I am so tired. Not in the usual “hard day at work,” but in a “deep-in-my-soul” tired. I am exhausted.
I am heading into my third year as system medical director, where I lead a system-wide palliative medicine program in rural health.
As in many rural systems, we have issues with broad geographic spread coupled with lower population density and limited resources.
But for those of us working in rural health, there is a passion that drives us to stay in rural health, to care for those in the closer-knit communities we serve and to engage in more creative problem-solving partnerships with area home health and hospice agencies.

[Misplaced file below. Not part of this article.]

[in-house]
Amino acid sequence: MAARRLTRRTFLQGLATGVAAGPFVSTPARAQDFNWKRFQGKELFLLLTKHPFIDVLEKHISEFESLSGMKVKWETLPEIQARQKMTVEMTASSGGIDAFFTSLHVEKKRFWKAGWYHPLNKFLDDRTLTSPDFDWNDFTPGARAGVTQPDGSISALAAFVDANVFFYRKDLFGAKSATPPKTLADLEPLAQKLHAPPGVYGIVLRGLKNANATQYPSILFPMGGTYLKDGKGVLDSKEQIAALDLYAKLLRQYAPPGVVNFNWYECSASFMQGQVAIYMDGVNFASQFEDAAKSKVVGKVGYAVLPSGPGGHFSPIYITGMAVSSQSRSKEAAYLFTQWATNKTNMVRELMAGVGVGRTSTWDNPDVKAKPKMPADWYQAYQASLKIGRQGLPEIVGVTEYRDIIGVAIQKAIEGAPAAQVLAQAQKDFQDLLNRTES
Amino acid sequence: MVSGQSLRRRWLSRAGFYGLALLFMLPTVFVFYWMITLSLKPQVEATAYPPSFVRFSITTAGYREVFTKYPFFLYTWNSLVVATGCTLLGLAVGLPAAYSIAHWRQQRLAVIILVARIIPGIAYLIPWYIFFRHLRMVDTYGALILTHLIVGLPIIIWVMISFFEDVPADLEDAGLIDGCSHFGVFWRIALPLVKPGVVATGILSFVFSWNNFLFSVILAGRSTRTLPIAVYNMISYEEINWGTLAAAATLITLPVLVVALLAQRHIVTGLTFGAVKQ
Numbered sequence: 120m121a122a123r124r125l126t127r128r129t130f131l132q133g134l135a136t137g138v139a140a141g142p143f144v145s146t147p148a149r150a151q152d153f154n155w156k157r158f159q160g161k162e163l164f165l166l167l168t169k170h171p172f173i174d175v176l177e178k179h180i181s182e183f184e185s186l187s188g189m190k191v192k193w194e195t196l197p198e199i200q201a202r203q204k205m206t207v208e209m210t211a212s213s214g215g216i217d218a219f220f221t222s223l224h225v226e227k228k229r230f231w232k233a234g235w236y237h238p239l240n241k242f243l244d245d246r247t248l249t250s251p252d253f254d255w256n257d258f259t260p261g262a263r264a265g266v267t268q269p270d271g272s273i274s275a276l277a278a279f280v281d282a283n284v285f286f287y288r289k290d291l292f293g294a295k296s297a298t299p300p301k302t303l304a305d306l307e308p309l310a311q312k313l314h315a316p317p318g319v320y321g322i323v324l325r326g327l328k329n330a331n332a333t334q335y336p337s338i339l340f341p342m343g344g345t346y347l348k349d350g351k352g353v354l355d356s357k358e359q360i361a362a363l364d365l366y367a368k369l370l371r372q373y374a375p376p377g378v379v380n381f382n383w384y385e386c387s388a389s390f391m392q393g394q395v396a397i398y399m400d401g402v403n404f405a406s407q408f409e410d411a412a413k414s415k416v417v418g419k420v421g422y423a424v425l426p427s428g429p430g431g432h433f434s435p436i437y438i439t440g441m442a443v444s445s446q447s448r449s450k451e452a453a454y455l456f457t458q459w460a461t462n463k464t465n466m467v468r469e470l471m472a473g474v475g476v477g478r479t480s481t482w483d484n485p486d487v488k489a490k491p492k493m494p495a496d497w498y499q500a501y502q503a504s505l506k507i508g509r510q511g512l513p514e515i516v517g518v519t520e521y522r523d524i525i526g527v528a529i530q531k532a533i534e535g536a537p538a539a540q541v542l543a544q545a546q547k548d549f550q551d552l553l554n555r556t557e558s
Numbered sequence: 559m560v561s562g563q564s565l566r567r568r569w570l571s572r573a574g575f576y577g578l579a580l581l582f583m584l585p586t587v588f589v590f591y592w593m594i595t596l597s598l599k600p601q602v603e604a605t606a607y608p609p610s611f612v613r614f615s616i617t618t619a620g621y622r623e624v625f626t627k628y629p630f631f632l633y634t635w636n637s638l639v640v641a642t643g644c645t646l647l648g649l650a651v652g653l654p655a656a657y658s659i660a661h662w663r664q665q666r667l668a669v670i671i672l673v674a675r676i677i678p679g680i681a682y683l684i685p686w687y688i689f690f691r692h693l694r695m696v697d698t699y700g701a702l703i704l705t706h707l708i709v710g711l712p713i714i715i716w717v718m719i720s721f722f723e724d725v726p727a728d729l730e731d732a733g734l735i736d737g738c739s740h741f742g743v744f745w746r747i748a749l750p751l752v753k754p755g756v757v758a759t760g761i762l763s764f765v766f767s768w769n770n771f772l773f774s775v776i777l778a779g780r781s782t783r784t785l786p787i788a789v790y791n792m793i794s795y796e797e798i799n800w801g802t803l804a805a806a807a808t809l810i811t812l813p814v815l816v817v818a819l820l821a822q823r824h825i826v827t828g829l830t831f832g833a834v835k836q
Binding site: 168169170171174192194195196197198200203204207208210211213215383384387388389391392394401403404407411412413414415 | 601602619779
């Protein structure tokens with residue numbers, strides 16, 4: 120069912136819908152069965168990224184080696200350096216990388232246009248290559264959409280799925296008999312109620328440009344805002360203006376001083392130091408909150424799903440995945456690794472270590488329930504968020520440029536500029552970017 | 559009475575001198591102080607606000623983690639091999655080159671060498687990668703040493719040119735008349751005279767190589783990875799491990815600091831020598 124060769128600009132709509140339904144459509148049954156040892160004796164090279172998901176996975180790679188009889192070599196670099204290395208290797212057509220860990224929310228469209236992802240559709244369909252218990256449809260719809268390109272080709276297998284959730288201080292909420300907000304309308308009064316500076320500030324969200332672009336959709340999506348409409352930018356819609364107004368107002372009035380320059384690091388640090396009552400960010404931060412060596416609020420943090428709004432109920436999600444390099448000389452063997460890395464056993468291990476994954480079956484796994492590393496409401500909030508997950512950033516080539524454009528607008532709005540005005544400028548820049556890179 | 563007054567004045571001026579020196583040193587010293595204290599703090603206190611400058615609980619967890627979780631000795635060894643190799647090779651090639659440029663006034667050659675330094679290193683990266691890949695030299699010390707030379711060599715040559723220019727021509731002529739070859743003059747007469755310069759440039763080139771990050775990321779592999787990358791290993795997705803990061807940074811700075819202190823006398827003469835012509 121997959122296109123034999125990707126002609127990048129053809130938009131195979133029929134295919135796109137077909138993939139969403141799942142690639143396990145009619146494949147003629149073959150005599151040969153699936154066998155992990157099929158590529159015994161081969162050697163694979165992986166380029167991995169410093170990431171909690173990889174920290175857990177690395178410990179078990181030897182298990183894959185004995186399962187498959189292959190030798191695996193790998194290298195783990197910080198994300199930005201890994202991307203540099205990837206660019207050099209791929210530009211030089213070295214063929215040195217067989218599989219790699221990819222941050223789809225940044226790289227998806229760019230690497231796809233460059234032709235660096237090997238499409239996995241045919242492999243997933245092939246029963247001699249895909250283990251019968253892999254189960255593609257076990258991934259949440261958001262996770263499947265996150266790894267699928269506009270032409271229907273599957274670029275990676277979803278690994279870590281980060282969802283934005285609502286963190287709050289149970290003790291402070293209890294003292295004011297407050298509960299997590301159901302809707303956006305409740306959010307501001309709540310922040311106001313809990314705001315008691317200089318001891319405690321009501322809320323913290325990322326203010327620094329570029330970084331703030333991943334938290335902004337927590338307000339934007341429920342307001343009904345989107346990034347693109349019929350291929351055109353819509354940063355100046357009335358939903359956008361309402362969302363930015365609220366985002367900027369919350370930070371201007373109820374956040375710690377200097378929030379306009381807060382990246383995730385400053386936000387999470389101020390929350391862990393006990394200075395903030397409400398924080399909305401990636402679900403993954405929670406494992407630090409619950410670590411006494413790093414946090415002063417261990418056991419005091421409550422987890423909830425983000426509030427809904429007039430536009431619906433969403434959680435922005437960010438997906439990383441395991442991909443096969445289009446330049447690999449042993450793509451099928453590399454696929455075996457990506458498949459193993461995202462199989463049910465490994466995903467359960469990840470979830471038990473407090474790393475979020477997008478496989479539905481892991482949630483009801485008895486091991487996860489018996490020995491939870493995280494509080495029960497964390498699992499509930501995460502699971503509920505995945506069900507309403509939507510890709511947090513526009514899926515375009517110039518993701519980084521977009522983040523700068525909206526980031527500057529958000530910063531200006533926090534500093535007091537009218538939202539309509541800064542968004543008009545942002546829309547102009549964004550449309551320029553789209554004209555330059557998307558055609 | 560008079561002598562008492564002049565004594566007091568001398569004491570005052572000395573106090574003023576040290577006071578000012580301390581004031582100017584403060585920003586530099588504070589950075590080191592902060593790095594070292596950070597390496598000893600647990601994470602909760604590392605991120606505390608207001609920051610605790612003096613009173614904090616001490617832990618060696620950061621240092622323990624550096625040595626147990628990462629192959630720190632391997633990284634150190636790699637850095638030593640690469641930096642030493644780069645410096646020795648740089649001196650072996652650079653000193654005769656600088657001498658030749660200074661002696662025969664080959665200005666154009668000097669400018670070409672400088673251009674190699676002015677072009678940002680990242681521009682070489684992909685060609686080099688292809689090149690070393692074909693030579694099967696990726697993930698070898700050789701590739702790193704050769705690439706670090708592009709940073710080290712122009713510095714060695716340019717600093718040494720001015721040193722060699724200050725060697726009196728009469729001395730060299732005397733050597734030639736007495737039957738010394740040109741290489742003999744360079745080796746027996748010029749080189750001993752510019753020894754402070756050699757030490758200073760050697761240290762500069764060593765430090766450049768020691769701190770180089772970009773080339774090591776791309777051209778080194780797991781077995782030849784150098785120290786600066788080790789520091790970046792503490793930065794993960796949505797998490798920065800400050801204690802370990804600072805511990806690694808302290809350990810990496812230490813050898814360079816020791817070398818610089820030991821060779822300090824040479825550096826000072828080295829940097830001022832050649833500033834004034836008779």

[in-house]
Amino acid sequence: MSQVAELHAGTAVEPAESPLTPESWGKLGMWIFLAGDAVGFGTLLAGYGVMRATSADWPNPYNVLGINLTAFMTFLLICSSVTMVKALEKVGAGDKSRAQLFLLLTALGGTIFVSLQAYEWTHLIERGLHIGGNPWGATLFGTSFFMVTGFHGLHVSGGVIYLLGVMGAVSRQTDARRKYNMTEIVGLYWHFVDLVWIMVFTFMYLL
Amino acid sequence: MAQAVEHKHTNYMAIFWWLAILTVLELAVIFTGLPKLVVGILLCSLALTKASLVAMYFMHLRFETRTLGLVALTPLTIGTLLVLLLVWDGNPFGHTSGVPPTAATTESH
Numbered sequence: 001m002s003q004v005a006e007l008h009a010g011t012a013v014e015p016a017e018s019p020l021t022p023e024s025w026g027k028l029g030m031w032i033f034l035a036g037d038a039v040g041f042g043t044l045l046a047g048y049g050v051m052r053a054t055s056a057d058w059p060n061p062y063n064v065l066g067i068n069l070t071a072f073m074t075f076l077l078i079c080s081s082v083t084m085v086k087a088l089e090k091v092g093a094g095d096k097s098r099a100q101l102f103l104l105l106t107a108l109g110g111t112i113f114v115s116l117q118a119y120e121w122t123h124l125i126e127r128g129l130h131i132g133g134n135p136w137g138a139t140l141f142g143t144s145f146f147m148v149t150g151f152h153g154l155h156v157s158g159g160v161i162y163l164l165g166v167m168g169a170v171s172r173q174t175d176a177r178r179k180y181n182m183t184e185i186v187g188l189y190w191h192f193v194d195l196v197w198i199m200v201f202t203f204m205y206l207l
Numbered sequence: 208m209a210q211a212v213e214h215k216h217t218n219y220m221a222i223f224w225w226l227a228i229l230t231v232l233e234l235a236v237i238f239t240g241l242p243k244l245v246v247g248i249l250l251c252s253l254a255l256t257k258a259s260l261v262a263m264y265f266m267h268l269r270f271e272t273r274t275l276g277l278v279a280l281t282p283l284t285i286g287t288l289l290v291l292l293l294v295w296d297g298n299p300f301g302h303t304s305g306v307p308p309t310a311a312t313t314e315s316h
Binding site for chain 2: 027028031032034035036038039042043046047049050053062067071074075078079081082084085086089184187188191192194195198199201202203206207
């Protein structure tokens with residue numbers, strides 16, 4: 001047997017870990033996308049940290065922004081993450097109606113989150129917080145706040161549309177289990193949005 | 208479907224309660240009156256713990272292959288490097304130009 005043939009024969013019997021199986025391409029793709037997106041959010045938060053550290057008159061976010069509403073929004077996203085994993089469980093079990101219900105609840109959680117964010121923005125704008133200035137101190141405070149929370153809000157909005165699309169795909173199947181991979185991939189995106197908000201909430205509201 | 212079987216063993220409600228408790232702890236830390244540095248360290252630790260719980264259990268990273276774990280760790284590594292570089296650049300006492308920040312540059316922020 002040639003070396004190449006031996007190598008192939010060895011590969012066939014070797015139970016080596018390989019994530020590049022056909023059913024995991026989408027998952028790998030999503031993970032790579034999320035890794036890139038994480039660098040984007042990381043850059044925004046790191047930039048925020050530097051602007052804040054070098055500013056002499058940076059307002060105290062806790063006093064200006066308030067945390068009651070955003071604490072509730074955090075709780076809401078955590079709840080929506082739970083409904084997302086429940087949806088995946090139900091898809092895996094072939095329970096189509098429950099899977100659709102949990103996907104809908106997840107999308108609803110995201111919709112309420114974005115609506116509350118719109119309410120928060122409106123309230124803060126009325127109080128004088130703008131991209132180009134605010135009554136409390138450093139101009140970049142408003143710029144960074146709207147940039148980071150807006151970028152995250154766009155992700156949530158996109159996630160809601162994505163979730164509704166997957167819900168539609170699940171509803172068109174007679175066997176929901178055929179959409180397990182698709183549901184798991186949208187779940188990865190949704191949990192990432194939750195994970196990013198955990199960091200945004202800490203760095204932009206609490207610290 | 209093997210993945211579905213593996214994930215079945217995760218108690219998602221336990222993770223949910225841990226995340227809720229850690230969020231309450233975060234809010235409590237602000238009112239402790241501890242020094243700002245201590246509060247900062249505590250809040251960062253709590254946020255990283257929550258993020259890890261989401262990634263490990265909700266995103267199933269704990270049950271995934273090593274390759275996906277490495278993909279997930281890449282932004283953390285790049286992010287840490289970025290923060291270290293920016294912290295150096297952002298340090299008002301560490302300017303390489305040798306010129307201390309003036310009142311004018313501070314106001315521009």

Since arriving here, I have tripled consult volumes, broadened our reach across total hospital admissions, integrated teaching curriculum and elective rotations with medicine and ED residencies, and have made this program highly visible across the system with full integration into intensive care and oncology.
This is great work, but last night, I felt the toll. And for someone who prides herself on her resilience, this was a tough moment. I am a strong individual with a deep, abiding passion for my work. As the saying goes, “Do what you love, and you’ll never work another day in your life, “… but COVID has really taken a lot from all of us.
I am currently in my fourth week of covering all the COVID units for my rural hospital. We usually do this in two-week blocks to allow for each other to have an emotional “reset” in between. Why? Because as a small palliative medicine team of three providers, we must find a way to balance the needs of the organization with team preservation and resilience.